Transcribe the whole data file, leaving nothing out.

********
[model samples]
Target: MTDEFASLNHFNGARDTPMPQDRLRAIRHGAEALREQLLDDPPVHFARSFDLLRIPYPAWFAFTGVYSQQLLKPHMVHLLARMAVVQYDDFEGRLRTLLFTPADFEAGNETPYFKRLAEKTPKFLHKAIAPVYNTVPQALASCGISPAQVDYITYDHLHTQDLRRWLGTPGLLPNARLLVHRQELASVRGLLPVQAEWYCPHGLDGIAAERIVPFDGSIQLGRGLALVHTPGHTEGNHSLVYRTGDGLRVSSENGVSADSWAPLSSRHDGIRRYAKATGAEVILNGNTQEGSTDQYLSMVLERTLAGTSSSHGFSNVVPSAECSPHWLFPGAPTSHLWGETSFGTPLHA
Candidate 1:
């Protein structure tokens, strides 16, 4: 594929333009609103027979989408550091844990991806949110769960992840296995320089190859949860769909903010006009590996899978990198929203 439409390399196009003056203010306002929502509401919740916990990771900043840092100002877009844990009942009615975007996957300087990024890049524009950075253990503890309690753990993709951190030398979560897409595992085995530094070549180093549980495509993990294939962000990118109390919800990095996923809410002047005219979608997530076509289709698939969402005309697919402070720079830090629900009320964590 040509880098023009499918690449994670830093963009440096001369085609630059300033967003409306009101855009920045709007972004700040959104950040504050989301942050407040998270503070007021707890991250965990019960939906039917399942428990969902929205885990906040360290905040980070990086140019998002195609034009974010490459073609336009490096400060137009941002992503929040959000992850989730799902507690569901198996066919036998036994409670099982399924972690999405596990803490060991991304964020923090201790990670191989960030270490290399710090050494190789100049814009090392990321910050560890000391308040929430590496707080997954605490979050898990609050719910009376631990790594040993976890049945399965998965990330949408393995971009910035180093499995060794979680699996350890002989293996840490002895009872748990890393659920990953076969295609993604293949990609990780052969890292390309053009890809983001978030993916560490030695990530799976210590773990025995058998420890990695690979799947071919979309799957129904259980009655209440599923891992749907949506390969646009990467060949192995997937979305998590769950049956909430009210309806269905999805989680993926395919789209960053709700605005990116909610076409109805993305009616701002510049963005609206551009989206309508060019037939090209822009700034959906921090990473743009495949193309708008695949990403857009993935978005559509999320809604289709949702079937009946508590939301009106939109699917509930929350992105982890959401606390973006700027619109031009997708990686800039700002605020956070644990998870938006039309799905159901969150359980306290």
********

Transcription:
[model samples]
Target: MTDEFASLNHFNGARDTPMPQDRLRAIRHGAEALREQLLDDPPVHFARSFDLLRIPYPAWFAFTGVYSQQLLKPHMVHLLARMAVVQYDDFEGRLRTLLFTPADFEAGNETPYFKRLAEKTPKFLHKAIAPVYNTVPQALASCGISPAQVDYITYDHLHTQDLRRWLGTPGLLPNARLLVHRQELASVRGLLPVQAEWYCPHGLDGIAAERIVPFDGSIQLGRGLALVHTPGHTEGNHSLVYRTGDGLRVSSENGVSADSWAPLSSRHDGIRRYAKATGAEVILNGNTQEGSTDQYLSMVLERTLAGTSSSHGFSNVVPSAECSPHWLFPGAPTSHLWGETSFGTPLHA
Candidate 1:
């Protein structure tokens, strides 16, 4: 594929333009609103027979989408550091844990991806949110769960992840296995320089190859949860769909903010006009590996899978990198929203 439409390399196009003056203010306002929502509401919740916990990771900043840092100002877009844990009942009615975007996957300087990024890049524009950075253990503890309690753990993709951190030398979560897409595992085995530094070549180093549980495509993990294939962000990118109390919800990095996923809410002047005219979608997530076509289709698939969402005309697919402070720079830090629900009320964590 040509880098023009499918690449994670830093963009440096001369085609630059300033967003409306009101855009920045709007972004700040959104950040504050989301942050407040998270503070007021707890991250965990019960939906039917399942428990969902929205885990906040360290905040980070990086140019998002195609034009974010490459073609336009490096400060137009941002992503929040959000992850989730799902507690569901198996066919036998036994409670099982399924972690999405596990803490060991991304964020923090201790990670191989960030270490290399710090050494190789100049814009090392990321910050560890000391308040929430590496707080997954605490979050898990609050719910009376631990790594040993976890049945399965998965990330949408393995971009910035180093499995060794979680699996350890002989293996840490002895009872748990890393659920990953076969295609993604293949990609990780052969890292390309053009890809983001978030993916560490030695990530799976210590773990025995058998420890990695690979799947071919979309799957129904259980009655209440599923891992749907949506390969646009990467060949192995997937979305998590769950049956909430009210309806269905999805989680993926395919789209960053709700605005990116909610076409109805993305009616701002510049963005609206551009989206309508060019037939090209822009700034959906921090990473743009495949193309708008695949990403857009993935978005559509999320809604289709949702079937009946508590939301009106939109699917509930929350992105982890959401606390973006700027619109031009997708990686800039700002605020956070644990998870938006039309799905159901969150359980306290």